Many know of the company Boeing and its history of building planes. However, no one knew all of the secrets these specific plants held. Seattle, among many others, was one of the plants that built planes for Word War II. It is said that the plant and its employees built almost 7,000 B-17 bombers for the war.
Boeing also had several plants in other regions such as Chehalis, Aberdeen, Bellingham, Vancouver, British Columbia, and Canada. Not many people know those plants even existed. One of the Boeing plants in Renton built five B-29 Super Fortresses a day and after being completed; the planes were deployed over the Pacific to drop bombs in Japan.
Mike Lombardi, a Boeing historian, said that the one of the biggest challenges was having enough space to build all of the machines. Another issue the plants came across was having enough people to help assemble and build the planes.
One of the plants in the Duwamish River was torn down three years ago. This particular plant employed almost 30,000 people, and included four assembly lines. A problem developed when the government began to demand more equipment than the people working in the plants could handle. This made the Boeing company find outside sources to help. Lombardi said that the people searching for more room to build the machines found old car dealerships, garages, and warehouses in which to build more planes.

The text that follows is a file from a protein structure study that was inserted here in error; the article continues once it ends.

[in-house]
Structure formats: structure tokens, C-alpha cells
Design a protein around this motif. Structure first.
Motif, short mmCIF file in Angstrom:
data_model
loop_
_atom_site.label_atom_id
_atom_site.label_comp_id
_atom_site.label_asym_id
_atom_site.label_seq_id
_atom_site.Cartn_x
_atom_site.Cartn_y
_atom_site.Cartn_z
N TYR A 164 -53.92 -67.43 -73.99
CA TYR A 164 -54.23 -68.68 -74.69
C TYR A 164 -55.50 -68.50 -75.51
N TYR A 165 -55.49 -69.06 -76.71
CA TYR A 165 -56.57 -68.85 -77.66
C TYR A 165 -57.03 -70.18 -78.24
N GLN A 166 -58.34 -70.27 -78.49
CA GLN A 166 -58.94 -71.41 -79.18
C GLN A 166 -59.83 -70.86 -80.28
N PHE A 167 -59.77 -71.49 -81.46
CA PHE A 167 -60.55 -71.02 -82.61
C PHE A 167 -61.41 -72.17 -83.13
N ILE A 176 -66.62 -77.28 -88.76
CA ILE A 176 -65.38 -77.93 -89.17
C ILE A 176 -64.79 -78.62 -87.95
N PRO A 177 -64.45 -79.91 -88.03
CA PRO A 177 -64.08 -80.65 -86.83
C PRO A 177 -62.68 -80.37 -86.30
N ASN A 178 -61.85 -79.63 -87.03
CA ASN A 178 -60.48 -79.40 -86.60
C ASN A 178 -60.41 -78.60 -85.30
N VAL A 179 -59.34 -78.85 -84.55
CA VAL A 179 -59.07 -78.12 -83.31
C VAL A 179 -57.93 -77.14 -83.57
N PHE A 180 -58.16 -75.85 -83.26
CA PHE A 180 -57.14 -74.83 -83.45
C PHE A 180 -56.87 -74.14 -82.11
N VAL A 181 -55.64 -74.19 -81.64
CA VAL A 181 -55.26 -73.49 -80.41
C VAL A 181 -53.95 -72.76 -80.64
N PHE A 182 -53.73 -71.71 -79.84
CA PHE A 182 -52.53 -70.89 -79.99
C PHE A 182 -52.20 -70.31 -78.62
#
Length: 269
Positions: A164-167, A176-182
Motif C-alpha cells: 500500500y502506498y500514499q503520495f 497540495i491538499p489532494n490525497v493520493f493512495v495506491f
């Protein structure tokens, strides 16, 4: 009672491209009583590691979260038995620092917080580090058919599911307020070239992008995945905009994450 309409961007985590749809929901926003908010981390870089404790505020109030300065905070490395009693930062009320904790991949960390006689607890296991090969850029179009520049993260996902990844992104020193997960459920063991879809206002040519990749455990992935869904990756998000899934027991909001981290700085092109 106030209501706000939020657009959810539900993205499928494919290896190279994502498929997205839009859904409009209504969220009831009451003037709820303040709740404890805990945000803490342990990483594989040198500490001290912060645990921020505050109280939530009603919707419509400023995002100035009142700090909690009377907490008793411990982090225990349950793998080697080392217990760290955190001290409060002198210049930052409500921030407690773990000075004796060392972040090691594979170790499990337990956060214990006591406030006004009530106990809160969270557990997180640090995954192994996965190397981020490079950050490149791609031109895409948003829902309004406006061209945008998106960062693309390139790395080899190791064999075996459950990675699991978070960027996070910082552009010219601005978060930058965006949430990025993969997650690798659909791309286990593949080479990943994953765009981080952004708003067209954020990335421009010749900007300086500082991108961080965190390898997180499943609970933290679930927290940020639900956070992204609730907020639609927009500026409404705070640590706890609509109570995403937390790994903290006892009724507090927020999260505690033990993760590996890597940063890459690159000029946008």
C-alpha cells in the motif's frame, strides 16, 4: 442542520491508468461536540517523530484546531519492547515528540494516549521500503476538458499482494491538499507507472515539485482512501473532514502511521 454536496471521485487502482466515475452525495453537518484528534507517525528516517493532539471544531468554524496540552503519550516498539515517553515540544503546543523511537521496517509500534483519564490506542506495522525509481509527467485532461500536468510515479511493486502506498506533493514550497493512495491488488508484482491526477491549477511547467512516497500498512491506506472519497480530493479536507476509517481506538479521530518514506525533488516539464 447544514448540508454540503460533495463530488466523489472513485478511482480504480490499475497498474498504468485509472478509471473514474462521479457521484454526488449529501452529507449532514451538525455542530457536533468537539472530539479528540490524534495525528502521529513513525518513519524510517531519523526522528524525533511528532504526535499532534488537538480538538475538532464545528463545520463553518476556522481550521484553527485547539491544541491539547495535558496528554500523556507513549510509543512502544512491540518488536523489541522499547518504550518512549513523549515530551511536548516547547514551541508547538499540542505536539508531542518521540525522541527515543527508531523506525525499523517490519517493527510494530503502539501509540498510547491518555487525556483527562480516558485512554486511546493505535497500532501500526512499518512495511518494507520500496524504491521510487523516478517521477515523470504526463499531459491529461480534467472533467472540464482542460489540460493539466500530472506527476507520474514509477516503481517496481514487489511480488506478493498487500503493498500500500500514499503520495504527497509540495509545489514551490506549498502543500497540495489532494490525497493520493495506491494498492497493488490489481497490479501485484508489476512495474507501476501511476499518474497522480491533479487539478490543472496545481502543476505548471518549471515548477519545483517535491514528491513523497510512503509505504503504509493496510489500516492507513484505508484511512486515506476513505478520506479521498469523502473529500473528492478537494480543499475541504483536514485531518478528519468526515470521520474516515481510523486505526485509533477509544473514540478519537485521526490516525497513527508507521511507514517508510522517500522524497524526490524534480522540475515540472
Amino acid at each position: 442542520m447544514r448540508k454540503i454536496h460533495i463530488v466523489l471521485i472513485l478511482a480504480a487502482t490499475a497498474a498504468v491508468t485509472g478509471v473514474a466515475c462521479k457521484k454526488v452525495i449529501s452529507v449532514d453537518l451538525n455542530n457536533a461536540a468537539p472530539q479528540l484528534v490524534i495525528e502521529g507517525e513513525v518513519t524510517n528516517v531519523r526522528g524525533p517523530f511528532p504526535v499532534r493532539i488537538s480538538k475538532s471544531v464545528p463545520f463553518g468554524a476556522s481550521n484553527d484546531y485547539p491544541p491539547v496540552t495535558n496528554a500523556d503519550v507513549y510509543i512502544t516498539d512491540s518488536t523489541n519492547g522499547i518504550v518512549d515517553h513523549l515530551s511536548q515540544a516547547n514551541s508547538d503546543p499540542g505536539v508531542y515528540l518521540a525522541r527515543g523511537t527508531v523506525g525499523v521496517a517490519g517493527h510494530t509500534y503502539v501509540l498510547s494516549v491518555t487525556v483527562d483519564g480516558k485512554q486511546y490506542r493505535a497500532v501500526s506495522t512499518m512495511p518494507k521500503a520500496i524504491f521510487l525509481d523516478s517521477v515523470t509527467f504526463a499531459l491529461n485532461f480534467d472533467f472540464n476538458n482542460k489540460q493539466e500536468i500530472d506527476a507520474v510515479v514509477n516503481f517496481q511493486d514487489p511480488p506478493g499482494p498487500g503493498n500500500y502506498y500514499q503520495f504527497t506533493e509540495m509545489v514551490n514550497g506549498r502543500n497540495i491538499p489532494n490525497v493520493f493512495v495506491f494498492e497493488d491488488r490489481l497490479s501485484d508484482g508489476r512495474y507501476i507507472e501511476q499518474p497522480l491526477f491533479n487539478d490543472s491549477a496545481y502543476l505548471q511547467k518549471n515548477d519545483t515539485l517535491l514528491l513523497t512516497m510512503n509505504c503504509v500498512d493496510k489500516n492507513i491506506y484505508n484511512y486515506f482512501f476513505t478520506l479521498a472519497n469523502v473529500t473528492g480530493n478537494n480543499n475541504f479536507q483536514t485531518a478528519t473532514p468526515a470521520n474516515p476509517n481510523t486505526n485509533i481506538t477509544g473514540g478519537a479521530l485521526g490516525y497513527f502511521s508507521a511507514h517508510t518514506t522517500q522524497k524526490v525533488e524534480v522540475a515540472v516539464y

What is interesting is that one of the car dealerships-turned-factory still exists and is now an office. Another historian, Stacy Davis, says that the dealership was actually purchased during the Great Depression before the war. During the war, the dealership was leased to Boeing to produce pilot seat supports and lower gun turrets for the B-17s, and later the building was used to manufacture parts for the B-29, the King5.com reports.
Today, when people walk past this building, they will see how it was slightly modernized with different windows, for example. When a person walks near the doors, they will see a plaque dedicated to the 700 workers that labored in that plant for the war effort. Almost 70% of those workers were women. The plaque was installed in 2005 to memorialize the 60th anniversary of the war’s end. Even now, some of the Rosie the Riveters who worked in the plant are still alive.